Mardy Howe posted three photos with the comment:
ON THIS DAY IN HISTORY 21 MARCH 1951The NOTRE DAME VICTORY was floated from the dry dock on March 21, 1951, three months and two days after she entered the dock, and was rechristened b.) CLIFFS VICTORY.The Cliffs Victory was a cargo vessel, originally built as a Victory ship, during World War II, as the Notre Dame Victory, and subsequently lengthened and converted to a lake freighter for the Cleveland-Cliffs IncThe ship was built in 1945 by Oregon Shipbuilding Company in Portland, Oregon as hull # 1229. She had been mothballed, following her brief World War II service, and, when the Korean War required more vessels on the Great Lakes, she was purchased by Cleveland Cliffs, who planned to adapt her for service on the Lakes. According to Mark Thompson, author of Queen of the Lakes, these plans triggered skepticism. But the conversion took only 90 days. Floated from dry-dock on March 21, 1951.Built as the "Victory" ship NOTRE DAME VICTORY for the U.S. Maritime Commission. Dimensions: 455' loa x 62' beam x 38' depth, 10,750 DWT. Powered by a 9,350 s.h.p. double reduction geared, cross-compound steam turbine engine with 2 oil-fired water tube boilers.Purchased by Cleveland-Cliffs Steamship Co. in Dec. of 1950. The hull was lengthened to 619' loa, capacity increased to 14,500 DWT at Baltimore, MD. Renamed CLIFFS VICTORY on Mar. 21, 1951. Towed up the Mississippi River to S. Chicago, arriving there May 9, 1951, to complete the lake boat conversion at American Ship Building's yard. Entered service on June 4, 1951. She was known for her distinctive profile and high-speed runs, given the informal title "Speed Queen of the Lakes". [Some consider the Charles M. White to be faster.] Lengthened in 1957 to 716' 03" loa at S. Chicago with a new capacity of 17,600 DWT. Bow thruster added in early 1964. Laid up at end of the 1981 season at S.Chicago.21 December 1971: Large machinery damage discovered; estimated cost of $100,000.20 April 1975: Collided with the SS Benson Ford [actually, it is MV instead of SS] while attempting to break the latter vessel free from ice; Went into Fraser Shipyards for port bow repairs and was returned to service on April 24.9 December 1976: Ran aground near Johnson Point in the St. Marys River while downbound in heavy ice conditions. Freed December 11. The incident later became known as the "worst traffic jam in the river in fifty years", with about seventy vessels delayed by the incident. The assistance of three tugs and a Coast Guard icebreaker required to free victory. During the inspection, it was discovered that the rudder had been lost in the incident.Sold Oct. 12, 1985, for scrap for $235,000. Reflagged Panamanian and renamed SAVIC by painting out the letters CLIFF and ORY and adding an A in the middle. Left S. Chicago Dec. 17, 1985, under own power and, after many delays, arrived at Masan, S. Korea on Dec. 22, 1986. Dismantled 1987.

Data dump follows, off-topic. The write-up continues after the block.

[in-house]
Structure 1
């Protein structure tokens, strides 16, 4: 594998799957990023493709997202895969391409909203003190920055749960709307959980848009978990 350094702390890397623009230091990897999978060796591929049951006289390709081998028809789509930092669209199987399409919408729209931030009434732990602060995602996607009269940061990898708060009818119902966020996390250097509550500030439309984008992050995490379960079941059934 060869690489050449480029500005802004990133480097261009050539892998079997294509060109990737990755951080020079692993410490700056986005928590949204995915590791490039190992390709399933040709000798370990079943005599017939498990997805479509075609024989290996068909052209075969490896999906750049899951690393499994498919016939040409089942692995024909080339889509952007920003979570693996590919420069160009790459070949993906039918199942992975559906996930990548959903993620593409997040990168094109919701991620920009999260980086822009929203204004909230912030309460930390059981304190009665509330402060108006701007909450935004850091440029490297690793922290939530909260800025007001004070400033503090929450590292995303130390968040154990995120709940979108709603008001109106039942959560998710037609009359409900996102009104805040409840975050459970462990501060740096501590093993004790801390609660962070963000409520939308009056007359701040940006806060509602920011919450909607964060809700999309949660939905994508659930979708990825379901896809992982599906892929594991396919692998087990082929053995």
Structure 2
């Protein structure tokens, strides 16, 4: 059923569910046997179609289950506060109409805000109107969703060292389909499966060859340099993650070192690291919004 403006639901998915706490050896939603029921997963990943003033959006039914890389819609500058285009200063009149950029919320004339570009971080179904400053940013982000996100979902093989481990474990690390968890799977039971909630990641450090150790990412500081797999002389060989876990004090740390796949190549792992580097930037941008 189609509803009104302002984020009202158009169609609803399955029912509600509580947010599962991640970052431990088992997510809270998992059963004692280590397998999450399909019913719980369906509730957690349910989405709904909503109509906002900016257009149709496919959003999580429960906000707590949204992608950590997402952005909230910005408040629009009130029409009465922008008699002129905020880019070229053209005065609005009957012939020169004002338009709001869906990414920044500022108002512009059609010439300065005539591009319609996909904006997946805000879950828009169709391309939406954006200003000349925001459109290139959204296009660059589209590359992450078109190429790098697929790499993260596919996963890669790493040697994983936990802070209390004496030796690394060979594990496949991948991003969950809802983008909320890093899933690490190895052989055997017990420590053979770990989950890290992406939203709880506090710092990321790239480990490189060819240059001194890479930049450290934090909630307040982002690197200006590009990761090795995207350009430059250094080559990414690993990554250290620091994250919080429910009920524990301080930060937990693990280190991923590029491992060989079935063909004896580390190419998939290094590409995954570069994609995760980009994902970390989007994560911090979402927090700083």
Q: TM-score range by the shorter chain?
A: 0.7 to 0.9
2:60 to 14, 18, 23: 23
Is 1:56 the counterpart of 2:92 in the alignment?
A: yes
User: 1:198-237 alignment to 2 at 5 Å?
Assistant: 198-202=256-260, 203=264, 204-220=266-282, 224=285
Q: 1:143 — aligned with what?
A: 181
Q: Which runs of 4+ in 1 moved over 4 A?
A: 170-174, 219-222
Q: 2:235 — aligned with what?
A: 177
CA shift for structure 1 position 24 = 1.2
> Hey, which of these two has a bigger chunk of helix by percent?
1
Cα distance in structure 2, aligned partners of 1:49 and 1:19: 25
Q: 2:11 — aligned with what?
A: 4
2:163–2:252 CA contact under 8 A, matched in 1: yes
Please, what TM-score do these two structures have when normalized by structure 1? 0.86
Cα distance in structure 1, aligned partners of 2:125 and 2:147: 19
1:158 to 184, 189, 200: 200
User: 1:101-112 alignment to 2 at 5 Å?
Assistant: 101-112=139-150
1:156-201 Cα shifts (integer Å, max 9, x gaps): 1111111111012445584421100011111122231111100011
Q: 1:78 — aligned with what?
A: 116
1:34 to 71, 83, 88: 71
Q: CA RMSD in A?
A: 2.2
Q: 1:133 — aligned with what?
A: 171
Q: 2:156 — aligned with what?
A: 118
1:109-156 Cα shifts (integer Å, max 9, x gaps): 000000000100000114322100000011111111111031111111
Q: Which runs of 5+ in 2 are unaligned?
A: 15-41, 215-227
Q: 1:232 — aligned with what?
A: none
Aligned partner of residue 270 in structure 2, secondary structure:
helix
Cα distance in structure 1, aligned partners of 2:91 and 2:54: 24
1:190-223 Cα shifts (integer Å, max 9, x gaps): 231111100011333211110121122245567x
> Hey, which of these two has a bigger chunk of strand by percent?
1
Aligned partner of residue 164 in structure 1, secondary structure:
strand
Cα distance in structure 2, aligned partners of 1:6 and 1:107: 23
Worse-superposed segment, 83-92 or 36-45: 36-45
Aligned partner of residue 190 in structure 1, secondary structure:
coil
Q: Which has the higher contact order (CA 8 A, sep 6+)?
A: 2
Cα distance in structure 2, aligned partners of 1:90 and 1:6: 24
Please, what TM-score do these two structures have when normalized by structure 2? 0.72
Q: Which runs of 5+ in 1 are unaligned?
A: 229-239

Mike Harlan shared
Darcy Passmore: Different for sure , was it common for liberty ships being converted to have the midship house after conversion and appears to have cargo holds after the house four / five hatches.
Gary Schweitzer: Darcy Passmore she was actually a Victory class ship. Hence the name Cliffs Victory. Liberty ships were slow and small. None were converted for Lakes use. Victory ships came later in the war with turbine engines.
Don Lee: The engines and boilers were under the house. Differs from the Middletown/American Victory in that that boat was a tanker with the engines and boilers already in the stern.
|Pierre Hamon shared|
Jeff Bransky Here’s the story behind that ship which had just been refitted in Chicago and was heading for service on the Great Lakes.
Actually, it was on its way to the shipyard to finish the conversion from a 455' cargo freighter to a 620' ore carrier. Most of the conversion had already been done in Baltimore, MD. Significant work was done by that shipyard on this ship more than once. For example, it was made longer again in 1957 to 716' 3" and a bow thruster was added in 1964.
Howard Kay posted eight photos.
Ken GiornoCliffs Victory was too long going through Chicago’s canal [Cal Sag?] and they had a few nail biting moments when they had to open both ends of the lock at the same time to get her into Lake Michigan.